Article categories: Issue 64
July 29th, 2009

When computers are discussed in a craft context, someone usually makes the statement that ‘technology is just a tool’. This proposition is offered as a demystifying gesture, enabling us to focus on what the technology actually does rather than the dreams we might invest in it. It asserts the primacy of the craft project, which subsumes all tools within its creative purpose.

While such pragmatism is healthy, it can prevent further thought about the matter. It leaves unanswered the question of what technology might be if it is not a tool. What were we dreaming about to begin with? It’s as though, for a delicious moment, computers exerted a seductive power that exceeded their simple utility.

“Say he’d make a solid bronze case for a minidisk unit, ebony inlays, carve the control surfaces out of fossil ivory, turquoise, rock crystal. It weighed more, sure, but it turned out a lot of people liked that, like they had their music or their memory, whatever, in something that felt like it was there… And people liked touching all that stuff: metal, a smooth stone…” William Gibson [1]

The law has a grasp of this. Software copyright distinguishes between the ‘literal elements’ of the software program, contained in the lines of code, and the ‘arrangement’ of the program, in particular its ‘look and feel’. [2] ‘Look’ relates to expressive elements, such as menus and windows. ‘Feel’ relates to how the program interacts with the user, through keystrokes and commands. The ‘techno’ feel represents a seductive aesthetic that is independent of its practical function. For instance, what colour is technology? In 1995, Sonya Shannon referred to the ‘chrome age’ [3] in reference to the ubiquitous metallised plastic 3D bevelled logo found in early computer graphics and websites. During the late nineties, it seemed the colour of technology moved towards teal.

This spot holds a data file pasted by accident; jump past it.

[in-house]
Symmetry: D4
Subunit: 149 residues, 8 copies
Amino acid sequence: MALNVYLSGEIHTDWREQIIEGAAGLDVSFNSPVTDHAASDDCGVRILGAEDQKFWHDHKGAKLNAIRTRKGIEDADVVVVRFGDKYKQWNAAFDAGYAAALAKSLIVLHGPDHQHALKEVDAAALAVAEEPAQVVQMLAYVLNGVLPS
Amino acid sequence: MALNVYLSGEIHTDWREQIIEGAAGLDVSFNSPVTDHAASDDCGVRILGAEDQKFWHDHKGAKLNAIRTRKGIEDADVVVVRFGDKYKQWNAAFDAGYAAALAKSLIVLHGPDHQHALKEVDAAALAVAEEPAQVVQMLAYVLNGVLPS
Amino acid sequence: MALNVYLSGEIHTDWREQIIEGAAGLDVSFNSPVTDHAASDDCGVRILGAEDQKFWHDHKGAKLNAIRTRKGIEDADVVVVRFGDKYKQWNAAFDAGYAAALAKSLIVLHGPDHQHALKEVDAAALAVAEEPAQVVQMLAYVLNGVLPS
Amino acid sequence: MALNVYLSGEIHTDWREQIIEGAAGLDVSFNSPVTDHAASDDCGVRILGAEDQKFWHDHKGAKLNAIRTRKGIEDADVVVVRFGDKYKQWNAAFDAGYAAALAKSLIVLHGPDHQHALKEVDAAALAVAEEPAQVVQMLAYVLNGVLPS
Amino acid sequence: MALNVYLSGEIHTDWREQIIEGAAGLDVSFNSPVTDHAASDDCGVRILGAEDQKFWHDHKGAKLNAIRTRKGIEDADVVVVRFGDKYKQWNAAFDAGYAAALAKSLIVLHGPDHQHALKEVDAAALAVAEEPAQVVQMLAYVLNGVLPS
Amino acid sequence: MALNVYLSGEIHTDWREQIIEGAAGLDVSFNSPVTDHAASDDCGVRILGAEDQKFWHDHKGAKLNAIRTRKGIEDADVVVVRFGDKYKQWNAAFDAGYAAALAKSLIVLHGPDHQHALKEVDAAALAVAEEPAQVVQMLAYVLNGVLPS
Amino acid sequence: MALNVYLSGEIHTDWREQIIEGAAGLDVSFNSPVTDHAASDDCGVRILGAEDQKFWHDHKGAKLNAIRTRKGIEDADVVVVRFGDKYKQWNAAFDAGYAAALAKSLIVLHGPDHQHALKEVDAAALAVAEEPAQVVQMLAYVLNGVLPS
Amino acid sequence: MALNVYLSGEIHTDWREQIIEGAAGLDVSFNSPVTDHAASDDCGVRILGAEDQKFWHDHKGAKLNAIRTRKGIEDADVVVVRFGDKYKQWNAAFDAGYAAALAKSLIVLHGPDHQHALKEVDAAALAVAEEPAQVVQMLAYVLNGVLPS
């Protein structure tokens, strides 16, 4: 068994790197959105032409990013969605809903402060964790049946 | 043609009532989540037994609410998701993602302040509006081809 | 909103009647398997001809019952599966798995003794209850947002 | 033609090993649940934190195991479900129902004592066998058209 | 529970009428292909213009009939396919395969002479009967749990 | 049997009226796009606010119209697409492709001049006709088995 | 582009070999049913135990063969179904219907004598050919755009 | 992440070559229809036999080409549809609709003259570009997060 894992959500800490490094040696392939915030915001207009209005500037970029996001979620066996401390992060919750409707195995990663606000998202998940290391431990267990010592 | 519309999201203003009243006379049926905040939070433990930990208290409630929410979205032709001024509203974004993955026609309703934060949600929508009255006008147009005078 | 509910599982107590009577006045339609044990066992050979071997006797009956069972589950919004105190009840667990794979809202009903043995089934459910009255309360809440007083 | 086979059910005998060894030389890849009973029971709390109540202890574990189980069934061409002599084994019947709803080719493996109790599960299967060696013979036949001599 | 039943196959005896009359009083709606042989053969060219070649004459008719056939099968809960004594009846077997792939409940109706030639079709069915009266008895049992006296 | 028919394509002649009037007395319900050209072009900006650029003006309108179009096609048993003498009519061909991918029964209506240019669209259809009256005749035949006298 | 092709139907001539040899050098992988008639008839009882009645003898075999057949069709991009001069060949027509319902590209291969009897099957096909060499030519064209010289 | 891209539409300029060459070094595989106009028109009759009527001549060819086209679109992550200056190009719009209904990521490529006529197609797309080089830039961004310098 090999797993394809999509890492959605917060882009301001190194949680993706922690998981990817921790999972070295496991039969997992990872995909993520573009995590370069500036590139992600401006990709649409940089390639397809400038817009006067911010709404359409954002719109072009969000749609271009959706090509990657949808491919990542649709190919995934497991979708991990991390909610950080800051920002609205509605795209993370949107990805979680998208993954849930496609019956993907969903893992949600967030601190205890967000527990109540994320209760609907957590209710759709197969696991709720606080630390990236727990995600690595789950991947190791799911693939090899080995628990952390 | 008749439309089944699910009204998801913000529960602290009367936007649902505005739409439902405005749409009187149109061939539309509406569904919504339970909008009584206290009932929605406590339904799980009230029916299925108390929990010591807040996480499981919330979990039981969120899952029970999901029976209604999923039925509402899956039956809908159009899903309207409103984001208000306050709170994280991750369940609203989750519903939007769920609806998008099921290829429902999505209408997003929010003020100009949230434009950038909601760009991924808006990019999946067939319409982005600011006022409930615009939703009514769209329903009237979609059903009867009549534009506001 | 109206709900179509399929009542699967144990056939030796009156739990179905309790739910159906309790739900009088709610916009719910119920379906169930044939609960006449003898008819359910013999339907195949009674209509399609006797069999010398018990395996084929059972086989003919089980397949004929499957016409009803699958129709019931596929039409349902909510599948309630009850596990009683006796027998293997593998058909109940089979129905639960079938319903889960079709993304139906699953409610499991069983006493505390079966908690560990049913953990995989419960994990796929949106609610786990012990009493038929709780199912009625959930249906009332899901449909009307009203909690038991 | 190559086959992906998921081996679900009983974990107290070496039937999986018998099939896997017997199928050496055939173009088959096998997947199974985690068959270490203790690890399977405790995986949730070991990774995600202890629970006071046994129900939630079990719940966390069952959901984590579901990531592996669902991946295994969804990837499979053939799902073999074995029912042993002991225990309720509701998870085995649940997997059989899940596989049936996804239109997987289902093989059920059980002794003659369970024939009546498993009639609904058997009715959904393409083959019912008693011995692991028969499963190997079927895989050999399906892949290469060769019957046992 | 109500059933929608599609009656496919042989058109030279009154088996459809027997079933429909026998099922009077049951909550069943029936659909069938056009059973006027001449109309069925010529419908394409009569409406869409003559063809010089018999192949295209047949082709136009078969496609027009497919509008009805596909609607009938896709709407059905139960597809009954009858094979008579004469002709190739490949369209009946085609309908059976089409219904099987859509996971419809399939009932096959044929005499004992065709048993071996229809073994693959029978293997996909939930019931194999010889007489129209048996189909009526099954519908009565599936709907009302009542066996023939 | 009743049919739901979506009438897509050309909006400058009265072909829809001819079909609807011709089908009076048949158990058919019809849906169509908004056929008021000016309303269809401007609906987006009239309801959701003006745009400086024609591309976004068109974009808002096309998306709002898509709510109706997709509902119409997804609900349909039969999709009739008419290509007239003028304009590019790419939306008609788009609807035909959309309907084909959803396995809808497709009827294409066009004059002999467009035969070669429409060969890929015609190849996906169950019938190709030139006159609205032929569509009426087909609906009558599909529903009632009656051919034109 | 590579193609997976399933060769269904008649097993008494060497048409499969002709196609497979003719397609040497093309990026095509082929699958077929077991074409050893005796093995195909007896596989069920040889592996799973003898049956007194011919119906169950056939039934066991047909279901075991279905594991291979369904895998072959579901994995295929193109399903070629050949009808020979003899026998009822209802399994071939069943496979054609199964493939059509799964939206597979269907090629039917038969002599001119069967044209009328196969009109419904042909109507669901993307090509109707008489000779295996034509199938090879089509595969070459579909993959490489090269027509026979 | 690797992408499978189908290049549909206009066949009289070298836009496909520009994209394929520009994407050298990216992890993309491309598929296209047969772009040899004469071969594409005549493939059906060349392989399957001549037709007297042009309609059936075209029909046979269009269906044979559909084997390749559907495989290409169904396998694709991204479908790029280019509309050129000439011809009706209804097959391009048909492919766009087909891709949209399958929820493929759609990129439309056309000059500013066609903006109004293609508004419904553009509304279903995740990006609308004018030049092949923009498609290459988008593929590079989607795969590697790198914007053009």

In the 21st century, the Mac aesthetic dominated as the desktop computer was reduced first into a glowing cube and finally into the infinitesimal iPod nano. All that was left to hold onto was a piece of smooth white acrylic. There’s a logic to this clinical appearance. The iPod magically reduces the bulk of the material world—all those scratched vinyl LPs and grubby CDs—into immaterial clusters of bytes for our private delight. We’re left holding a symbol of purity in our hands. Today’s fashion for white acrylic evokes the porcelain craze of the eighteenth century, when this immaculate white ceramic became ‘an irresistible symbol of prestige, power and good taste.’ [4]